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Matthew Henry's Commentary – Verses 1–20
Verses 1–20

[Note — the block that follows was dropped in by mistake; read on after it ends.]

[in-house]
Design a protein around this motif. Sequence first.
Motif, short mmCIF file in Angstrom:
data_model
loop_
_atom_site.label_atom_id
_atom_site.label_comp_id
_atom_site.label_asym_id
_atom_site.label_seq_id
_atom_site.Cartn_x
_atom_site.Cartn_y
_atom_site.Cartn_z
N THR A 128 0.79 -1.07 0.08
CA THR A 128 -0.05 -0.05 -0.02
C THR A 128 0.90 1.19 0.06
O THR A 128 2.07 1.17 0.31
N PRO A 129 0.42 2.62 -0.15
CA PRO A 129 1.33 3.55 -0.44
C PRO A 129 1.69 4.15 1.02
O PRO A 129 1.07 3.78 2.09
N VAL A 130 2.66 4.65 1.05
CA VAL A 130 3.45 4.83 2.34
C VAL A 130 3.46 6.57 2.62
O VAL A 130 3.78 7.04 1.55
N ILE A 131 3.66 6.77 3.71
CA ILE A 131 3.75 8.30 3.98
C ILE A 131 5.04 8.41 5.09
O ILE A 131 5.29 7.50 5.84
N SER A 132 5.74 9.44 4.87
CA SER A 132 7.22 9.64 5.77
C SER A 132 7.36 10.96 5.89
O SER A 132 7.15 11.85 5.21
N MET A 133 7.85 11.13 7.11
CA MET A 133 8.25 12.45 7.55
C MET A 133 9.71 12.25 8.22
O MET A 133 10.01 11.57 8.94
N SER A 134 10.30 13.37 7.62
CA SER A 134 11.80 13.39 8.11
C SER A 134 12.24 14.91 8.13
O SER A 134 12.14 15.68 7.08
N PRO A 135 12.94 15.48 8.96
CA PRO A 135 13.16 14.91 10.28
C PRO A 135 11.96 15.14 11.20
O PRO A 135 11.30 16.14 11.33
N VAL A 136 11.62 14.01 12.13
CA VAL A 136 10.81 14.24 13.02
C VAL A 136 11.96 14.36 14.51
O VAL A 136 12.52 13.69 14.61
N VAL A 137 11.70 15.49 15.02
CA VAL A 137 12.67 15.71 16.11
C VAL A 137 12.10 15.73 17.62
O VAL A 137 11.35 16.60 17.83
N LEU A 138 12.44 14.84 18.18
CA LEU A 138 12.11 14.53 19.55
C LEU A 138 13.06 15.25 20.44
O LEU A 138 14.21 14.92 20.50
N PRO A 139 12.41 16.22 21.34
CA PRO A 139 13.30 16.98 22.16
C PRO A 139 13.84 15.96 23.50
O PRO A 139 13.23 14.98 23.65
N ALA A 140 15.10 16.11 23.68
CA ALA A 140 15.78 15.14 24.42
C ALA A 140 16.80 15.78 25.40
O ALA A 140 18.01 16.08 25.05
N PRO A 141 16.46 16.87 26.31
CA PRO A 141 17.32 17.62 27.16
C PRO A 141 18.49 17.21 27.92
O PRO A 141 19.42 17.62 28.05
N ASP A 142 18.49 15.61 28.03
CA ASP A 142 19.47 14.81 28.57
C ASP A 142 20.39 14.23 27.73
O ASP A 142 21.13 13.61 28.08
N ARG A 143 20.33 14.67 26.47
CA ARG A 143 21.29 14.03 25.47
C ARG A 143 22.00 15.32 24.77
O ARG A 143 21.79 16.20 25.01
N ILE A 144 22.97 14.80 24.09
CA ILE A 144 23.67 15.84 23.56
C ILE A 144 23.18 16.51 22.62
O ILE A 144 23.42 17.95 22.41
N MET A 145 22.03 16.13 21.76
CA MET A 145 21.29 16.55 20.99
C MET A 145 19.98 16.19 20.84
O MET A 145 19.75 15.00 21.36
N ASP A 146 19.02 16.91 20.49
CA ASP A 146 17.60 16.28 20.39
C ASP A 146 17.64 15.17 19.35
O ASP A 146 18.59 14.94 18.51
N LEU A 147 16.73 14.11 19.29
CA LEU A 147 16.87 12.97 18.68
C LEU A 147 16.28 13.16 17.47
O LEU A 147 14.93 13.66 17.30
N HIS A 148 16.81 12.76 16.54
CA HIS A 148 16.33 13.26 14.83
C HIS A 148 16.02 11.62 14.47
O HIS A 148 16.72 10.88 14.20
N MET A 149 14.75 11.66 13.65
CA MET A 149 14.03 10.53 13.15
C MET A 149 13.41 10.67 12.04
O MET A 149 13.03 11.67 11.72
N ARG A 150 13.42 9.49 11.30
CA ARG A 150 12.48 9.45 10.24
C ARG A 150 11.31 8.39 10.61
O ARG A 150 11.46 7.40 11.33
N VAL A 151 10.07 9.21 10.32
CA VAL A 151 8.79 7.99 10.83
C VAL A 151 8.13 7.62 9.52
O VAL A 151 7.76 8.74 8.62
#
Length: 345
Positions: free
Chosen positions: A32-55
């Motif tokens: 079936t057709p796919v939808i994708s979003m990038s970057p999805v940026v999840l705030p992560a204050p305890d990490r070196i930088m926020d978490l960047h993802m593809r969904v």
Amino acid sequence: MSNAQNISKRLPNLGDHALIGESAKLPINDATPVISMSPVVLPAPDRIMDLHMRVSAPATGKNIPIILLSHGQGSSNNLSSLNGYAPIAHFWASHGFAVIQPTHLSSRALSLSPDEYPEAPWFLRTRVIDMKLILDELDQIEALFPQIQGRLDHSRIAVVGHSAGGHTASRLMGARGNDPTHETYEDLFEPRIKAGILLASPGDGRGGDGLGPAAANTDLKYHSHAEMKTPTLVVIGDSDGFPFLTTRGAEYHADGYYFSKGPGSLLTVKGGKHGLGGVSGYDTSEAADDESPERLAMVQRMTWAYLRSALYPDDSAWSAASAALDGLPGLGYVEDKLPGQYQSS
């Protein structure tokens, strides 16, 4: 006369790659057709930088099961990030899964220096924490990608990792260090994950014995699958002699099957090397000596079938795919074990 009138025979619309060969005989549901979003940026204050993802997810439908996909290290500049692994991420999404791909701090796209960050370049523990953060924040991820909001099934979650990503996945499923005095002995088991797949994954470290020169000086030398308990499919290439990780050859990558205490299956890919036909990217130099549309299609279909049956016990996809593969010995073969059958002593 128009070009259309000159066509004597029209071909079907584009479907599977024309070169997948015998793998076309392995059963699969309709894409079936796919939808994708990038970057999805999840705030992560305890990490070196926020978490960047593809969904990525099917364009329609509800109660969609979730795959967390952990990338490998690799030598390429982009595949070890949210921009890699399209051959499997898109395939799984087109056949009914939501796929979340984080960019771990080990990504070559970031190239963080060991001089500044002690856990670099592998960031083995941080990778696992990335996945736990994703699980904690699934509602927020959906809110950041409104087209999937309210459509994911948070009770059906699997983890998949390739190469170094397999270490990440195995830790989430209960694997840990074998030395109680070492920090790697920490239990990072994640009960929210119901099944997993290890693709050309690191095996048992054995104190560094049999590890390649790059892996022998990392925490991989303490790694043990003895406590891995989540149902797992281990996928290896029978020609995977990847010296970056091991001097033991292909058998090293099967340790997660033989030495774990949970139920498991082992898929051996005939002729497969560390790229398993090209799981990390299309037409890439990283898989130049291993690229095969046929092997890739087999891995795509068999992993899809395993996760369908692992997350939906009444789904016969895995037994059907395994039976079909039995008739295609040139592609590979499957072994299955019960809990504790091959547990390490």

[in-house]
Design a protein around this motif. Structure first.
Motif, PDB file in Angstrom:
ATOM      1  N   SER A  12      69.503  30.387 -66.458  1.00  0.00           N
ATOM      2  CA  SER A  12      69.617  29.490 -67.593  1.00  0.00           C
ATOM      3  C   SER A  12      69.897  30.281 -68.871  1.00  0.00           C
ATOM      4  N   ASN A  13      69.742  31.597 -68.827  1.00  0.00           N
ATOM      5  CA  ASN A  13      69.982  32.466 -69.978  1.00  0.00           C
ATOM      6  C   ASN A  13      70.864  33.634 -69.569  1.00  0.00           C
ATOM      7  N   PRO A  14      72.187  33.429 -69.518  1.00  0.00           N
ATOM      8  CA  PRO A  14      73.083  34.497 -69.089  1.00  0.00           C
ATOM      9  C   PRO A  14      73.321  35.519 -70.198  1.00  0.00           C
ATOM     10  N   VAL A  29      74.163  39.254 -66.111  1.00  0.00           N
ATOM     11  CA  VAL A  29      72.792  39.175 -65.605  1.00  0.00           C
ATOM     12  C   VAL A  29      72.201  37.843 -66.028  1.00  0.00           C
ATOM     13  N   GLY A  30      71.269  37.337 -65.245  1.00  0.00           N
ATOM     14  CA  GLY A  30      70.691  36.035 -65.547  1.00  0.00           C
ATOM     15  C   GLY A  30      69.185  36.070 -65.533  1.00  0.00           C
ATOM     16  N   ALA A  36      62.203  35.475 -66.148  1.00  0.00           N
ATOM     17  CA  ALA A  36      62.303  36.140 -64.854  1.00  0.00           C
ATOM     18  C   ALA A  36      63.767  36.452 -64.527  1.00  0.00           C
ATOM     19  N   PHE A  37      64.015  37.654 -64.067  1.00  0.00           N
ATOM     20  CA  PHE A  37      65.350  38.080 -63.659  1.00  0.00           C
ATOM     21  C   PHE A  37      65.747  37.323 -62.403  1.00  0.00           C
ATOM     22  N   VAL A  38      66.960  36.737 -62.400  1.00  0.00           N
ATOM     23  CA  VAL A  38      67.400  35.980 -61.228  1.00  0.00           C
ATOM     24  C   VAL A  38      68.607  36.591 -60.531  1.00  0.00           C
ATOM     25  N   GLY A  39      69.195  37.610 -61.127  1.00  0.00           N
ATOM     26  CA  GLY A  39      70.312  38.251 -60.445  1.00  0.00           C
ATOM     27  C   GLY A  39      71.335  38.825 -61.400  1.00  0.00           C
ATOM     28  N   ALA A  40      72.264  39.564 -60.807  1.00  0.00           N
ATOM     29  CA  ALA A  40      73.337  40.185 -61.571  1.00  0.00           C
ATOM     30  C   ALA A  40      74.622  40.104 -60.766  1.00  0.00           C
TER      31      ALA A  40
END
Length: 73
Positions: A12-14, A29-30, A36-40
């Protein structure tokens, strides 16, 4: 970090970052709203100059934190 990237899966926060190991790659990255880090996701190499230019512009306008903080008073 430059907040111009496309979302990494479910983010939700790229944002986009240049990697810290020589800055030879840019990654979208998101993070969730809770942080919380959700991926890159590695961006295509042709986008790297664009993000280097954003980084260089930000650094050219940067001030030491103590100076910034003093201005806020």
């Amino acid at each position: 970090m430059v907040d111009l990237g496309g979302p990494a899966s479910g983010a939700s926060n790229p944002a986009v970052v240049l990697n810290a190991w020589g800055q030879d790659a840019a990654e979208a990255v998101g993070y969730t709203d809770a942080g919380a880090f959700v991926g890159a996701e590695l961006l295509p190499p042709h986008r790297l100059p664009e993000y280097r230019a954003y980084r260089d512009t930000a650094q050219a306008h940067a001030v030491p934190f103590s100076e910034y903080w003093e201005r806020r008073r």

The title of the Ps. 102:1-28 might very fitly be prefixed to this chapter—The prayer of the afflicted, when he is overwhelmed, and pours out his complaint before the Lord; for it is very feelingly and fluently that the complaint is here poured out. Let us observe the particulars of it. The prophet complains, 1. That God is angry. This gives both birth and bitterness to the affliction (Lam. 3:1): I am the man, the remarkable man, that has seen affliction, and has felt it sensibly, by the rod of his wrath. Note, God is sometimes angry with his own people; yet it is to be complained of, not as a sword to cut off, by only as a rod to correct; it is to them the rod of his wrath, a chastening which, though grievous for the present, will in the issue be advantageous. By this rod we must expect to see affliction, and, if we be made to see more than ordinary affliction by that rod, we must not quarrel, for we are sure that the anger is just and affliction mild and mixed with mercy. 2. That he is at a loss and altogether in the dark. Darkness is put for great trouble and perplexity, the want both of comfort and of direction; this was the case of the complainant (Lam. 3:2): “He has led me by his providence, and an unaccountable chain of events, into darkness and not into light, the darkness I feared and not into the light I hoped for.” And (Lam. 3:6), He has set me in dark places, dark as the grave, like those that are dead of old, that are quite forgotten, nobody knows who or what they were. Note, The Israel of God, though children of light, sometimes walk in darkness. 3. That God appears against him as an enemy, as a professed enemy. God had been for him, but no “Surely against me is he turned (Lam. 3:3), as far as I can discern; for his hand is turned against me all the day. I am chastened every morning,” Ps. 73:14. And, when God’s hand is continually turned against us, we are tempted to think that his heart is turned against us too. God had said once (Hos. 5:14), I will be as a lion to the house of Judah, and now he has made his word good (Lam. 3:10): “He was unto me as a bear lying in wait, surprising me with his judgments, and as a lion in secret places; so that which way soever I went I was in continual fear of being set upon and could never think myself safe.” Do men shoot at those thy are enemies to? He has bent his bow, the bow that was ordained against the church’s prosecutors, that is bent against her sons, Lam. 3:12. He has set me as a mark for his arrow, which he aims at, and will be sure to hit, and then the arrows of his quiver enter into my reins, give me a mortal wound, an inward wound, Lam. 3:13. Note, God has many arrows in his quiver, and they fly swiftly and pierce deeply. 4. That he is as one sorely afflicted both in body and mind. The Jewish state may now be fitly compared to a man wrinkled with age, for which there is no remedy (Lam. 3:4): “My flesh and my skin has he made old; they are wasted and withered, and I look like one that is ready to drop into the grave; nay, he has broken my bones, and so disabled me to help myself, Lam. 3:15. He has filled me with bitterness, a bitter sense of his calamities.” God has access to the spirit, and can so embitter that as thereby to embitter all the enjoyments; as, when the stomach is foul, whatever is eaten sours in it: “He has made me drunk with wormwood, so intoxicated me with the sense of my afflictions that I know not what to say or do. He has mingled gravel with my bread, so that my teeth are broken with it (Lam. 3:16) and what I eat is neither pleasant nor nourishing. He has covered me with ashes, as mourners used to be, or (as some read it) he has fed me with ashes. I have eaten ashes like bread,” Ps. 102:9. 5. That he is not able to discern any way of escape or deliverance (Lam. 3:5): “He has built against me, as forts and batteries are built against a besieged city. Where there was a way open it is now quite made up: He has compassed me on ever side with gall and travel; I vex, and fret, and tire myself, to find a way of escape, but can find none, Lam. 3:7. He has hedged me about, that I cannot get out.” When Jerusalem was besieged it was said to be compassed in on every side, Luke 19:43. “I am chained; and as some notorious malefactors are double-fettered, and loaded with irons, so he has made my chain heavy. He has also (Lam. 3:9) enclosed my ways with hewn stone, not only hedged up my way with thorns (Hos. 2:6), but stopped it up with a stone wall, which cannot be broken through, so that my paths are made crooked; I traverse to and fro, to the right hand, to the left, to try to get forward, but am still turned back.” It is just with God to make those who walk in the crooked paths of sin, crossing God’s laws, walk in the crooked paths of affliction, crossing their designs and breaking their measures. Song (Lam. 3:11), “He has turned aside my ways; he has blasted all my counsels, ruined my projects, so that I am necessitated to yield to my own ruin. He has pulled me in pieces; he has torn and is gone away (Hos. 5:14), and has made me desolate, has deprived me of all society and all comfort in my own soul.” 6. That God turns a deaf ear to his prayers (Lam. 3:8): “When I cry and shout, as one in earnest, as one that would make him hear, yet he shuts out my prayer and will not suffer it to have access to him.” God’s ear is wont to be open to the prayers of his people, and his door of mercy to those that knock at it; but now both are shut, even to one that cries and shouts. Thus sometimes God seems to be angry even against the prayers of his people (Ps. 80:4), and their case is deplorable indeed when they are denied not only the benefit of an answer, but the comfort of acceptance. 7. That his neighbours make a laughing matter of his troubles (Lam. 3:14): I was a derision to all my people, to all the wicked among them, who made themselves an one another merry with the public judgments, and particularly the prophet Jeremiah’s griefs. I am their song, their neginath, or hand-instrument of music, their tabret (Job 17:6), that they play upon, as Nero on his harp when Rome was on fire. 8. That he was ready to despair of relief and deliverance: “Thou hast not only taken peace from me, but hast removed my soul far off from peace (Lam. 3:17), so that it is not only not within reach, but no within view. I forget prosperity; it is so long since I had it, and so unlikely that I should ever recover it, that I have lost the idea of it. I have been so inured to sorrow and servitude that I know not what joy and liberty mean. I have even given up all for gone, concluding, My strength and my hope have perished from the Lord (Lam. 3:18); I can no longer stay myself upon God as my support, for I do not find that he gives me encouragement to do so; nor can I look for his appearing in my behalf, so as to put an end to my troubles, for the case seems remediless, and even my God inexorable.” Without doubt it was his infirmity to say this (Ps. 77:10), for with God there is everlasting strength, and he is his people’s never-failing hope, whatever they may think. 9. That grief returned upon every remembrance of his troubles, and his reflections were as melancholy as his prospects, Lam. 3:19, 20. Did he endeavour as Job did (Job 9:27), to forget his complaint? Alas! it was to no purpose; he remembers, upon all occasions, the affliction and the misery, the wormwood and the gall. Thus emphatically does he speak of his affliction, for thus did he think of it, thus heavily did it lie when he reviewed it! It was an affliction that was misery itself. My affliction and my transgression (so some read it), my trouble and my sin that brought it upon me; this was the wormwood and the gall in the affliction and the misery. It is sin that makes the cup of affliction a bitter cup. My soul has them still in remembrance. The captives in Babylon had all the miseries of the siege in their mind continually and the flames and ruins of Jerusalem still before their eyes, and wept when they remembered Zion; nay, they could never forget Jerusalem, Ps. 137:1, 5. My soul, having them in remembrance, is humbled in me, not only oppressed with a sense of the trouble, but in bitterness for sin. Note, It becomes us to have humble hearts under humbling providences, and to renew our penitent humiliations for sin upon every remembrance of our afflictions and miseries. Thus we may get good by former corrections and prevent further.